Arnon Grunberg

The disadvantages of outrage

A modest discussion

A couple of days ago a fairly modest discussion took place on this site about what should be done in order to free kidnapped journalists, well not only journalists, kidnapped people period.
Basically two arguments were being made: The first one was that paying attention to the fate of the kidnapped journalist Johnston is slightly hypocritical and maybe even unfortunate because so many other killings and abductions go unnoticed.
The second argument was that negotiating with abductors is always a victory for the abductors.
I believe that those who are ready to discard these two arguments have a strong case.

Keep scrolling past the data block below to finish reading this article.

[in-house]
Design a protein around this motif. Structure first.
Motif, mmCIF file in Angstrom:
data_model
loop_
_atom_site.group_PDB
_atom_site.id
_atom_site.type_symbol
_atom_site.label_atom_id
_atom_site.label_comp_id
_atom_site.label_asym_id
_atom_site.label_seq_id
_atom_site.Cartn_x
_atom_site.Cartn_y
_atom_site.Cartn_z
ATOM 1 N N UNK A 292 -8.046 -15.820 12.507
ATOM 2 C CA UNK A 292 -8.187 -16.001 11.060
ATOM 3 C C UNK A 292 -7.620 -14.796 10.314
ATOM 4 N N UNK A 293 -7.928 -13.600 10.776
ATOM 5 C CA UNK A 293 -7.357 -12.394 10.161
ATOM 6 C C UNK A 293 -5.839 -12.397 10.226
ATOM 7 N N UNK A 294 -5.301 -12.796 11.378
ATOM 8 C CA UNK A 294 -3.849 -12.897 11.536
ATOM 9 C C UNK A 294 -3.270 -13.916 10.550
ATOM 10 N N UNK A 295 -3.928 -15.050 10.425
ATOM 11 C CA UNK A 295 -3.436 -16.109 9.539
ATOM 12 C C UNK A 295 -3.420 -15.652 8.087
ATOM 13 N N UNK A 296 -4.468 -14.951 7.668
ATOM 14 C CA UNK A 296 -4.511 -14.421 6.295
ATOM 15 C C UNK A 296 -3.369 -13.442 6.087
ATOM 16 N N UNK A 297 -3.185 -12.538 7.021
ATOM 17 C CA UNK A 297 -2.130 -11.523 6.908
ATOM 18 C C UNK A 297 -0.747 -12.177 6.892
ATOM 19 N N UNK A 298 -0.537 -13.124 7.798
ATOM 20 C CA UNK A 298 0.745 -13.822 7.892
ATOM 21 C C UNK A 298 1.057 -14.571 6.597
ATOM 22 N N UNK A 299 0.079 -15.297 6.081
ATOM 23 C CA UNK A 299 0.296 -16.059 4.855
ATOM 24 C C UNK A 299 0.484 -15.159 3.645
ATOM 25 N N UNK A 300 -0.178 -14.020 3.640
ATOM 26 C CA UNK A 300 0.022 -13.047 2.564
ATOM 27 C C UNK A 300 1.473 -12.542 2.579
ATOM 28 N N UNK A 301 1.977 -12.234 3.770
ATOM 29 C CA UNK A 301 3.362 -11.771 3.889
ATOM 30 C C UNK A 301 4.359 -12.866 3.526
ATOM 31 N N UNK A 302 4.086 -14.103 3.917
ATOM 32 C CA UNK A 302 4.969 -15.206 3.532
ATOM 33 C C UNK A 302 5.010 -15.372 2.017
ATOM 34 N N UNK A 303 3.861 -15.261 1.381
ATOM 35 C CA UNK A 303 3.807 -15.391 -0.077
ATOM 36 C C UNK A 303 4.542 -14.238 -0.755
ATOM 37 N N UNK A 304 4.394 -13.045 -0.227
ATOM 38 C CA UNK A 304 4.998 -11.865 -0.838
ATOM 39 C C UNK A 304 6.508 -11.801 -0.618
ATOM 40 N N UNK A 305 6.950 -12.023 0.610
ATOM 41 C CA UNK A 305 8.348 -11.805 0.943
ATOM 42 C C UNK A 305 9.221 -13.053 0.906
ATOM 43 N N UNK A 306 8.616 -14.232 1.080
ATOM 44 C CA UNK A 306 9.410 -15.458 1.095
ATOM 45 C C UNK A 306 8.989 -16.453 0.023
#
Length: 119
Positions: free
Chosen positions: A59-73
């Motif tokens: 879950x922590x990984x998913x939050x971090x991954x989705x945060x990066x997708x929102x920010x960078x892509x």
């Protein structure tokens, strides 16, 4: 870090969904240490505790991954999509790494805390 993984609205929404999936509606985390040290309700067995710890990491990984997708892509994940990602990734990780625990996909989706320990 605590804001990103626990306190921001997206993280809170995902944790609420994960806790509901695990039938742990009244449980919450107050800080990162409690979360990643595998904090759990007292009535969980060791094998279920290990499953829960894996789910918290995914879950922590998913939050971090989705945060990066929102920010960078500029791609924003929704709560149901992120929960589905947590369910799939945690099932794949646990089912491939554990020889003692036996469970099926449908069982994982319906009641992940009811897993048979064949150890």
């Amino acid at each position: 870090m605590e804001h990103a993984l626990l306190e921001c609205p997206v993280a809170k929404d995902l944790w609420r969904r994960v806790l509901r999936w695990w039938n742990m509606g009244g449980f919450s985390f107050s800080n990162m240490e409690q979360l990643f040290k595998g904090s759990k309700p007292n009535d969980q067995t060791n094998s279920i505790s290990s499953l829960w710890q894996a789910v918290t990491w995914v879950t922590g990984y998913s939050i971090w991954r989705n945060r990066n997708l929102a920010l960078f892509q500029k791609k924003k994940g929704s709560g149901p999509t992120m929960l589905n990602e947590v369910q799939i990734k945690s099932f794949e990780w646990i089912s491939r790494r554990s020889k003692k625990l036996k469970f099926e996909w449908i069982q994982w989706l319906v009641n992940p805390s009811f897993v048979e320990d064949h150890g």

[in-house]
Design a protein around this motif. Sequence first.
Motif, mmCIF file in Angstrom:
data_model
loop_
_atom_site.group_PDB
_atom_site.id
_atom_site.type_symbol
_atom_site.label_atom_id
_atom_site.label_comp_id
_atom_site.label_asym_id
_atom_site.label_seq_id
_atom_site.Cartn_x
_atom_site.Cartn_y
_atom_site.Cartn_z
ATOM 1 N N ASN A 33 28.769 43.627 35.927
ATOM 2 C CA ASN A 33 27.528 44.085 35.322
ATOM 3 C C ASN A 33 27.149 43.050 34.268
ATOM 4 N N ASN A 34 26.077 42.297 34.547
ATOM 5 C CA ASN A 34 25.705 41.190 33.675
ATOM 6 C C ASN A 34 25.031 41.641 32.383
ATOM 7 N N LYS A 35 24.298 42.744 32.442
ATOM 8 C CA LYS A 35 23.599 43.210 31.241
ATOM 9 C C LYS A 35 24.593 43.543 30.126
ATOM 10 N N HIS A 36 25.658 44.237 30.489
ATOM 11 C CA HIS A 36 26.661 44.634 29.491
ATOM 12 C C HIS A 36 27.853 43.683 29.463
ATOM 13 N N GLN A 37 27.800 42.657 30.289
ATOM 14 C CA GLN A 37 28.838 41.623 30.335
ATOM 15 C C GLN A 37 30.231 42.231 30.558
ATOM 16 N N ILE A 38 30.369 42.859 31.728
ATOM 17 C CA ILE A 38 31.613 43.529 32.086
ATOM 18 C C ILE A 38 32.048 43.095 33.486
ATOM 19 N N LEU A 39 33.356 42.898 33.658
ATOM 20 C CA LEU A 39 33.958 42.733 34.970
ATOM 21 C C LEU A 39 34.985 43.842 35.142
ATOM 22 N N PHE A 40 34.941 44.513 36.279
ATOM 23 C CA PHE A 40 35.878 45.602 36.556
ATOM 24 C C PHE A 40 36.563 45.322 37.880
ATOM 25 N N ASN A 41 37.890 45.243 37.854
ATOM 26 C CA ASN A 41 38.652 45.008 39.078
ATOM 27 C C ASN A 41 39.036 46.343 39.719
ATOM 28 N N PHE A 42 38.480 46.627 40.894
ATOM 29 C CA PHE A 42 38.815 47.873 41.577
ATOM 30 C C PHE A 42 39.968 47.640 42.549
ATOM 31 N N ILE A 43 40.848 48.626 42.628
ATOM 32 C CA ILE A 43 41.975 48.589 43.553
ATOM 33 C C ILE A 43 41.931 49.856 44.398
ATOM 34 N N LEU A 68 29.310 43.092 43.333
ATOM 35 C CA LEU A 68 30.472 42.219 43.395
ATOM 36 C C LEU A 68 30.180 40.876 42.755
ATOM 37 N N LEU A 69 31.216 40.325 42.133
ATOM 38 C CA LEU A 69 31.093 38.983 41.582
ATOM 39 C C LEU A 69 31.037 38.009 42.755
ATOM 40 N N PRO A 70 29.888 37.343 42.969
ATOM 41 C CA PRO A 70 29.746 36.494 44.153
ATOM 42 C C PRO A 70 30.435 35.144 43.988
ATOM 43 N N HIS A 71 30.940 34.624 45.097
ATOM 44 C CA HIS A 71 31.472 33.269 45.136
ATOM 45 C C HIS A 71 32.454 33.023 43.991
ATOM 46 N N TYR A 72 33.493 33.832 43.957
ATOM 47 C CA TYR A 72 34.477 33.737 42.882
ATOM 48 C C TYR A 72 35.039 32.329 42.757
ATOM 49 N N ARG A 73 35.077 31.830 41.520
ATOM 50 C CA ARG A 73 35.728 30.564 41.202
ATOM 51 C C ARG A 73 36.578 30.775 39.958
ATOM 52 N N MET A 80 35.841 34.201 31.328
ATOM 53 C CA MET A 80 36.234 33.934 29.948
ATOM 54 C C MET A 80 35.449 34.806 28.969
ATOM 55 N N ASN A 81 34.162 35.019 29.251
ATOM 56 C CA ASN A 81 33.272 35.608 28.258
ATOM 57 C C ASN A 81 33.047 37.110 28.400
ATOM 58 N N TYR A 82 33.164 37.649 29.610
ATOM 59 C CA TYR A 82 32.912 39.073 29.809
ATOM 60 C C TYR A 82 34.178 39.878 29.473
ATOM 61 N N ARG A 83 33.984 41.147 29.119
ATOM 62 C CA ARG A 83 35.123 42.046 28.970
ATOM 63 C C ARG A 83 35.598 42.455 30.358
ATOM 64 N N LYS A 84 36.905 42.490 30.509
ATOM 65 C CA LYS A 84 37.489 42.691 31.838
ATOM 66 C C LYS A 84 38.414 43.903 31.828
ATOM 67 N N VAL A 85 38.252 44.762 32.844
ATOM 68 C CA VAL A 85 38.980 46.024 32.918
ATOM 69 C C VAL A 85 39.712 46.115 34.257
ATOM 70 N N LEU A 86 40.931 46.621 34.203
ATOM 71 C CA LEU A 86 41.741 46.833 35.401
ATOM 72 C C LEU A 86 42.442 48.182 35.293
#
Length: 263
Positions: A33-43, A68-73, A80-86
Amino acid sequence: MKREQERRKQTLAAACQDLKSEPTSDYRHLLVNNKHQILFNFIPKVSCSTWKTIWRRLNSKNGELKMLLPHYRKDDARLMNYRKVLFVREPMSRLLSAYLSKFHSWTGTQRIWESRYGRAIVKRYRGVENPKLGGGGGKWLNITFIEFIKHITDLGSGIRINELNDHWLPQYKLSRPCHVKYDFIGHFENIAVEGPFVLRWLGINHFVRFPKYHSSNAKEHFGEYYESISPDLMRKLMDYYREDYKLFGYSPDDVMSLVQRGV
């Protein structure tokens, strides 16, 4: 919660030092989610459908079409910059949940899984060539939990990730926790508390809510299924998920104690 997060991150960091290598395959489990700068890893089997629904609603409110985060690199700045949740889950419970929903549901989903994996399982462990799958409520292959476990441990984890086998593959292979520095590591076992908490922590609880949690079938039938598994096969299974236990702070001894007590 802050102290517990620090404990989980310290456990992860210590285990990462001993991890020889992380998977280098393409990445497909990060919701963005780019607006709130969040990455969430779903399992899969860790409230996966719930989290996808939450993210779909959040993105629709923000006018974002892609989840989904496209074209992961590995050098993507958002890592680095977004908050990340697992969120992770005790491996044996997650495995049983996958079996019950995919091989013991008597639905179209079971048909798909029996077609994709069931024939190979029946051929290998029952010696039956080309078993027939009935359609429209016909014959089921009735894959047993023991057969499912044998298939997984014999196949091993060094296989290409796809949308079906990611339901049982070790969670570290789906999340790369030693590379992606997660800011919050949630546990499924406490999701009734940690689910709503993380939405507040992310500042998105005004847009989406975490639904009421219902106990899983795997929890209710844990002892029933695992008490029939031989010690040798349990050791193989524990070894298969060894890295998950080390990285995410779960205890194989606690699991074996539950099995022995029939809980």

But as this article in The New York Times shows it is important to get information right before rushing to be outraged. This article proofs (“Toughness is the watchword in immigration policy these days. When you combine the new toughness with same-old bureaucratic indolence and ineptitude, you get a situation like that described by Nina Bernstein in The Times yesterday. She wrote about how the boom in immigration detention — the nation’s fastest-growing form of incarceration — ensnares people for dubious reasons, denies them access to medicine and lawyers and sometimes holds them until they die.”) that Gitmo itself is not an exception. And by focussing on Gitmo alone too many people might believe that the probleem is solved when Gitmo closes. Which is going to happen in the not so far future.